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Threat of US government shutdown ends as Congress passes temporary funding

President Joe Biden has signed the bill which will fund the government until November 17.

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The threat of a US federal government shutdown was lifted hours before Saturday’s midnight deadline as President Joe Biden signed a temporary funding bill to keep agencies open after Congress rushed to approve the bipartisan deal.

The package drops aid to Ukraine, a White House priority opposed by a growing number of Republican politicians, but increases federal disaster assistance by 16 billion dollars (£13.1 billion), meeting Mr Biden’s full request.

The bill funds government until November 17.

After days of turmoil in the House, speaker Kevin McCarthy abandoned demands for steep spending cuts from his right flank and relied on Democrats to pass the bill. The Senate followed with final passage closing a whirlwind day at the Capitol.

In a statement, Mr Biden said: “This is good news for the American people.”

He also said the United States “cannot under any circumstances allow American support for Ukraine to be interrupted” and expected Mr McCarthy “will keep his commitment to the people of Ukraine and secure passage of the support needed to help Ukraine at this critical moment”.

The resolution followed a sudden turn of events in Congress after the House pushed the government to the brink of a disruptive federal shutdown.

The outcome ends the threat of a shutdown, but the reprieve may be short-lived.

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Senate minority leader Mitch McConnell leaves after voting to approve a 45-day funding bill to keep federal agencies open (Andrew Harnik/AP)

Congress will need to fund the government in coming weeks with views hardening, particularly among the right-flank lawmakers whose demands were swept aside this time in favour of a more bipartisan approach.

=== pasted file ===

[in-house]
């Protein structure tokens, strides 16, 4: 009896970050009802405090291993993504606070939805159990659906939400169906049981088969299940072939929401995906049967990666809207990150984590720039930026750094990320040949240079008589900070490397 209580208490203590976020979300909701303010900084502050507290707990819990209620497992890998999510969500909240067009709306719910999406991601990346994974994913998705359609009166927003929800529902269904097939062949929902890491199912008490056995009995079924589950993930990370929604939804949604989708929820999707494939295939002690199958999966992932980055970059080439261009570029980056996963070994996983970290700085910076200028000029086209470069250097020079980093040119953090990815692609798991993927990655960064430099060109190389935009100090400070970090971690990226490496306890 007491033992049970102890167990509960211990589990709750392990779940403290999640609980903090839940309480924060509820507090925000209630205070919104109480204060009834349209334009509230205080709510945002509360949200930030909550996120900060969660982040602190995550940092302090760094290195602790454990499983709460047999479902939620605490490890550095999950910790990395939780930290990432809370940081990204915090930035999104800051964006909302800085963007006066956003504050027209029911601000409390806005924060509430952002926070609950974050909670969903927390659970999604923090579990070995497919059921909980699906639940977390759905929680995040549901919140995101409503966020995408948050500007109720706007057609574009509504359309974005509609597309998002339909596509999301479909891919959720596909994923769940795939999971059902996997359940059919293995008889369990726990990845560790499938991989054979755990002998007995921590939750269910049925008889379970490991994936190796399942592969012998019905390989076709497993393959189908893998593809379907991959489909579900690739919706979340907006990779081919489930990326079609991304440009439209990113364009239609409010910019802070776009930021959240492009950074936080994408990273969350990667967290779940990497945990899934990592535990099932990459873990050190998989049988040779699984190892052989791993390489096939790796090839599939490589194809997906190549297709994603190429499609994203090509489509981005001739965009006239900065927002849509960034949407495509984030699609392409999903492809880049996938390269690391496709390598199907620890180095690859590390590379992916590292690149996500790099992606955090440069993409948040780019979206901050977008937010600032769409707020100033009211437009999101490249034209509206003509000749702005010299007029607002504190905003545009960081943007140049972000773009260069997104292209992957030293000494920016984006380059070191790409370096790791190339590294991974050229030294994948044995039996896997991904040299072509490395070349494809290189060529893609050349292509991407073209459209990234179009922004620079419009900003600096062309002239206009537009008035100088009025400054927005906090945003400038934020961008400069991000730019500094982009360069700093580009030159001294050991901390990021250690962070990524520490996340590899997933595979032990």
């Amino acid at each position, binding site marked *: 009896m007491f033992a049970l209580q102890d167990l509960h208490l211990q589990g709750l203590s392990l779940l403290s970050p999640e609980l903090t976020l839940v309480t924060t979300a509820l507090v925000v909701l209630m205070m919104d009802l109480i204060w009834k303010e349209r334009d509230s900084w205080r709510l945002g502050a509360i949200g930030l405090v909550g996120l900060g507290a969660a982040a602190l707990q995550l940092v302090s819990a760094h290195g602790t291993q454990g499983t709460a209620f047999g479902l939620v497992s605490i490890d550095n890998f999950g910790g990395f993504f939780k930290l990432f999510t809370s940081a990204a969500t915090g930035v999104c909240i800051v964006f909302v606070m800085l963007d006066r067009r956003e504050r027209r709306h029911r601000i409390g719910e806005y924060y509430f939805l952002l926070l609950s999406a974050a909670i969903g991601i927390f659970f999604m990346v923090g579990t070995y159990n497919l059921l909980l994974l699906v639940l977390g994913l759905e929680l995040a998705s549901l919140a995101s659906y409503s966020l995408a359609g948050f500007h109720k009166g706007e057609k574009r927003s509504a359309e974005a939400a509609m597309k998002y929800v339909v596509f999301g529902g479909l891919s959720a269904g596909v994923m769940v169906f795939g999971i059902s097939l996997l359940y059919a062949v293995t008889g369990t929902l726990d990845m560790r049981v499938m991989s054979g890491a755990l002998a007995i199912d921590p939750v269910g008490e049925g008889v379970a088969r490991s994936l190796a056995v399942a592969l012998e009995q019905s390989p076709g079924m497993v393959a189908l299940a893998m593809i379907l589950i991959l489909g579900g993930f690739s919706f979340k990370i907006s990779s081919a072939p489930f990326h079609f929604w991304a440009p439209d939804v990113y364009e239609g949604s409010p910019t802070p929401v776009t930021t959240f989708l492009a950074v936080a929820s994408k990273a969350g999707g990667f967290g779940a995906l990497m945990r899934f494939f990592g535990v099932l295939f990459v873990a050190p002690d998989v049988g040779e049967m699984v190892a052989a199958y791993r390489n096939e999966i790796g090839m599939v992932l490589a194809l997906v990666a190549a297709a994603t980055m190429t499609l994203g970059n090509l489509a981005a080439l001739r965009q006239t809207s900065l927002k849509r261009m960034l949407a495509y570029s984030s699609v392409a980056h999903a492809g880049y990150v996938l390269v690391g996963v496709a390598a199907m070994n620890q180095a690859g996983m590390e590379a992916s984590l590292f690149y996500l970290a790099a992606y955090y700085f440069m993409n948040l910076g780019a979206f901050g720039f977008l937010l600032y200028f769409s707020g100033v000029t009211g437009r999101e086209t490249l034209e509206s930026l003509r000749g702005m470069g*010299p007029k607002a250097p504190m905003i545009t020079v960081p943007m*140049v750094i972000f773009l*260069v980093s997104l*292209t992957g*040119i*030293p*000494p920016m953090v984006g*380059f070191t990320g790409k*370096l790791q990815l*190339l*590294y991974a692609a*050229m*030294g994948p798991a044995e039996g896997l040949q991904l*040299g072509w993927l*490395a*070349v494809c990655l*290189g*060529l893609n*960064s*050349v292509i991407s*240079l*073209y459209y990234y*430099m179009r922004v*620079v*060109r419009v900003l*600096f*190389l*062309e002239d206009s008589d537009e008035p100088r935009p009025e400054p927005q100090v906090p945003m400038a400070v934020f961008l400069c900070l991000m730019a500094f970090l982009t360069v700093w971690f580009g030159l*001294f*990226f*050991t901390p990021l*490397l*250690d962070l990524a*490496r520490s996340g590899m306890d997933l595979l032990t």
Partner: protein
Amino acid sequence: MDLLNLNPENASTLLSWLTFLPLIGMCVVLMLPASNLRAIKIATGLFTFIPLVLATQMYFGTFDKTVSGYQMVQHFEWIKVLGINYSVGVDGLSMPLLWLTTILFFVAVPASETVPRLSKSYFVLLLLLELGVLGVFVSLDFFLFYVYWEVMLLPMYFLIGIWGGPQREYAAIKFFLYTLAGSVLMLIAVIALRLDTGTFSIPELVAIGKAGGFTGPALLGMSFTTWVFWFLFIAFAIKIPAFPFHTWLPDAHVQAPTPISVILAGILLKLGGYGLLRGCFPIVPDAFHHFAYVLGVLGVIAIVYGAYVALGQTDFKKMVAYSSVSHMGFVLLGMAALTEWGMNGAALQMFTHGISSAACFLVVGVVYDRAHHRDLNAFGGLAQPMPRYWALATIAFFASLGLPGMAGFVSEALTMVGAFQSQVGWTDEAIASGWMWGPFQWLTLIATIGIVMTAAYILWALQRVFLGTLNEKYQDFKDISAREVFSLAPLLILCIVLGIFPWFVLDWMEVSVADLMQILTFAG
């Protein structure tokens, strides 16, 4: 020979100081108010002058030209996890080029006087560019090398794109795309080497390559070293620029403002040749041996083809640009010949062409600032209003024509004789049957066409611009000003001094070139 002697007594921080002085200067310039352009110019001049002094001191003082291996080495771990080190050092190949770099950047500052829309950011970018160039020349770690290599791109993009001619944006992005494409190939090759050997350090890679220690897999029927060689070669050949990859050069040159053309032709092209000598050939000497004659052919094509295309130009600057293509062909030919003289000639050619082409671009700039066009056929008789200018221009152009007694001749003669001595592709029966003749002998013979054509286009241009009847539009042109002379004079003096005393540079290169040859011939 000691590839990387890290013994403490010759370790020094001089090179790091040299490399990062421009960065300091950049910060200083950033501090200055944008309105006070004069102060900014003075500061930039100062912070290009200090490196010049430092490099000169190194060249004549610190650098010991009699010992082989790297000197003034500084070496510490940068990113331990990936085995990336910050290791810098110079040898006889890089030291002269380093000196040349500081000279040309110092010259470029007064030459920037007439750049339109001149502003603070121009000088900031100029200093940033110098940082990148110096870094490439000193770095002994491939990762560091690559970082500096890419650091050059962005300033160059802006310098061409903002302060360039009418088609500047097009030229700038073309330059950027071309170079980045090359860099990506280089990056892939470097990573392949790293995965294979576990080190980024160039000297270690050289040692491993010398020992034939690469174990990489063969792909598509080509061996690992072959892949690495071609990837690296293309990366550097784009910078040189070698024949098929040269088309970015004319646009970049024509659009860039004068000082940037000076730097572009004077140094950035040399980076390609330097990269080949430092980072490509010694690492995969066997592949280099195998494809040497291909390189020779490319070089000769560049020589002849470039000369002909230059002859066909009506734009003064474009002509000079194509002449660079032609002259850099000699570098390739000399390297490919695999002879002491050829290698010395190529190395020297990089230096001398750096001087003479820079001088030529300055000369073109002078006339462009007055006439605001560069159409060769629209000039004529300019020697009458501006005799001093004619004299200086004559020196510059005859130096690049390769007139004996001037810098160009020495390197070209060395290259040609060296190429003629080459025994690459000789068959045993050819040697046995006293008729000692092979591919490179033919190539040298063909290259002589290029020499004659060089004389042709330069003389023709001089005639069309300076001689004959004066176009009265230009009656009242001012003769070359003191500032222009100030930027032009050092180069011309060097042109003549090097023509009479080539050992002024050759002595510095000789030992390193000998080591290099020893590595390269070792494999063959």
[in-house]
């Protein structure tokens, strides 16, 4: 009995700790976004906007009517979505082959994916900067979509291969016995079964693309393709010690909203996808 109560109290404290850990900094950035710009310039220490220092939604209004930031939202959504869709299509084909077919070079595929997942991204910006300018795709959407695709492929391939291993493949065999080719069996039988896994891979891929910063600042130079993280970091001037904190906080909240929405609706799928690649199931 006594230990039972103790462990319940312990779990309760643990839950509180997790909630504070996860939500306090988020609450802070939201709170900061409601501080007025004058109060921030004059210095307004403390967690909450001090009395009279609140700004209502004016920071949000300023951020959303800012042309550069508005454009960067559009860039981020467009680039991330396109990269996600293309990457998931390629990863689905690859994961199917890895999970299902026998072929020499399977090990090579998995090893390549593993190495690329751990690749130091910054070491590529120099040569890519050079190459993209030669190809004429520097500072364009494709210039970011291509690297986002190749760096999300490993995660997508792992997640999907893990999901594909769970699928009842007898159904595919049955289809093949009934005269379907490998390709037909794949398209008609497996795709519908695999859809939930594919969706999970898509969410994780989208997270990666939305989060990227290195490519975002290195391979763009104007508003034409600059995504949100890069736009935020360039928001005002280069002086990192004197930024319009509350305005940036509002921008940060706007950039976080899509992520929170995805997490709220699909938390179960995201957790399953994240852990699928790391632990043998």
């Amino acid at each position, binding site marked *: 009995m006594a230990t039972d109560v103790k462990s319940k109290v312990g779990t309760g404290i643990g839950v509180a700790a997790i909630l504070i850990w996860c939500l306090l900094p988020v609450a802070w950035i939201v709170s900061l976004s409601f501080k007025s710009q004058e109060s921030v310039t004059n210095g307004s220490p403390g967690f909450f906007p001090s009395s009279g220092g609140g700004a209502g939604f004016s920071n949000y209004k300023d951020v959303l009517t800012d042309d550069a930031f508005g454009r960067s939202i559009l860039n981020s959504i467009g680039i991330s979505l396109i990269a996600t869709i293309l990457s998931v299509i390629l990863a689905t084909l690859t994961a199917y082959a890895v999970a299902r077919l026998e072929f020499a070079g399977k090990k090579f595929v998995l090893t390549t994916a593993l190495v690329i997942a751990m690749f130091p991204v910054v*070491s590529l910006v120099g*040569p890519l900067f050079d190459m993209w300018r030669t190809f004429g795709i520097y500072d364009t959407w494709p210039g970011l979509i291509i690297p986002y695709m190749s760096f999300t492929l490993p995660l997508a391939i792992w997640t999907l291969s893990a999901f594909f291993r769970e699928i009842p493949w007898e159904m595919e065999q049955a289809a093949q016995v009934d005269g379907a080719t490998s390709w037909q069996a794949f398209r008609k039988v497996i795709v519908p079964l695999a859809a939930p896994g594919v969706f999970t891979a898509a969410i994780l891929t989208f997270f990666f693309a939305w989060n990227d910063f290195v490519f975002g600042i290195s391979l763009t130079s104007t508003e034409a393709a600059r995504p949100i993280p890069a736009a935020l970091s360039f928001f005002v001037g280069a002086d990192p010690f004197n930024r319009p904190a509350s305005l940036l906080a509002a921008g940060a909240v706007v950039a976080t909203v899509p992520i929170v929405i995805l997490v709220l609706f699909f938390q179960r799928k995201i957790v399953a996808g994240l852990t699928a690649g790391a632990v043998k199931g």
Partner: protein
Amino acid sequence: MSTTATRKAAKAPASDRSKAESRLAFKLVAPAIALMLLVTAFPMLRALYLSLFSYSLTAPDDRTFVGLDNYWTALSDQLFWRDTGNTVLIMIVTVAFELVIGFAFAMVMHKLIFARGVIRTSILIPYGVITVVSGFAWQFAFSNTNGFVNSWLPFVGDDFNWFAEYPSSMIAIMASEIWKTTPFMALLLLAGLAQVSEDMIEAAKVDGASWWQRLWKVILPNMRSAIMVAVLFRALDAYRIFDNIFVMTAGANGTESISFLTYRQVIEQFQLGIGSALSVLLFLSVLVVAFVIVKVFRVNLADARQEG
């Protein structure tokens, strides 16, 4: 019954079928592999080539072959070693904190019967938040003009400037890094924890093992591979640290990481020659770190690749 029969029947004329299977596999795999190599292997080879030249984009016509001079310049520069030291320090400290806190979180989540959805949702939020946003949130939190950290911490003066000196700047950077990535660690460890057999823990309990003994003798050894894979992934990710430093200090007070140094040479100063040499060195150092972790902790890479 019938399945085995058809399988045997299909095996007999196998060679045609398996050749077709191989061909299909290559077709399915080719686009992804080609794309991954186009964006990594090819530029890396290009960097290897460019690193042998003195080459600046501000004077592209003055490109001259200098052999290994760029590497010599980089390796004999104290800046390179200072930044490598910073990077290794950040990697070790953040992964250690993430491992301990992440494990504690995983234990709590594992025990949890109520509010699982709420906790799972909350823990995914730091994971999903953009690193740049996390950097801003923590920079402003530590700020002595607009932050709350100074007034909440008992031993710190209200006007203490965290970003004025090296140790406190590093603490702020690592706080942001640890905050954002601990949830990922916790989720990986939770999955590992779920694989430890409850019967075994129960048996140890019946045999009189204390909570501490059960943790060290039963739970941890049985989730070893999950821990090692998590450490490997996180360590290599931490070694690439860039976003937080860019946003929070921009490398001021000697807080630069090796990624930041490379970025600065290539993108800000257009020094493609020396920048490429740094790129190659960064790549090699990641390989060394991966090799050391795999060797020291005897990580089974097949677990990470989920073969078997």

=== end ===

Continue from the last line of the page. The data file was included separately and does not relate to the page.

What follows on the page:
“We’re going to do our job,” Mr McCarthy said before the House vote. “We’re going to be adults in the room. And we’re going to keep government open.”

If no deal was in place before Sunday, federal workers would have faced furloughs, more than two million active-duty and reserve military troops would have had to work without pay and services that Americans rely on would have faced shutdown disruptions.

“It has been a day full of twists and turns, but the American people can breathe a sigh of relief: There will be no government shutdown,” said senate majority leader Chuck Schumer.

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This image from US Senate video shows the vote total, 88-9, on a temporary funding bill in the Senate at the US Capitol in Washington (Senate Television via AP)

The package funds government at existing levels until mid-November and extends other provisions, including for the Federal Aviation Administration.

The package was approved by the House 335-91 with most Republicans and almost all Democrats supporting. Senate passage came by an 88-9 vote.

But the loss of Ukraine aid was devastating for politicians of both parties who vowed to support President Volodymyr Zelenskyy after his recent Washington visit.

The Senate bill included 6 billion dollars (£4.9 billion) for Ukraine and both chambers came to a standstill Saturday as politicians assessed their options.

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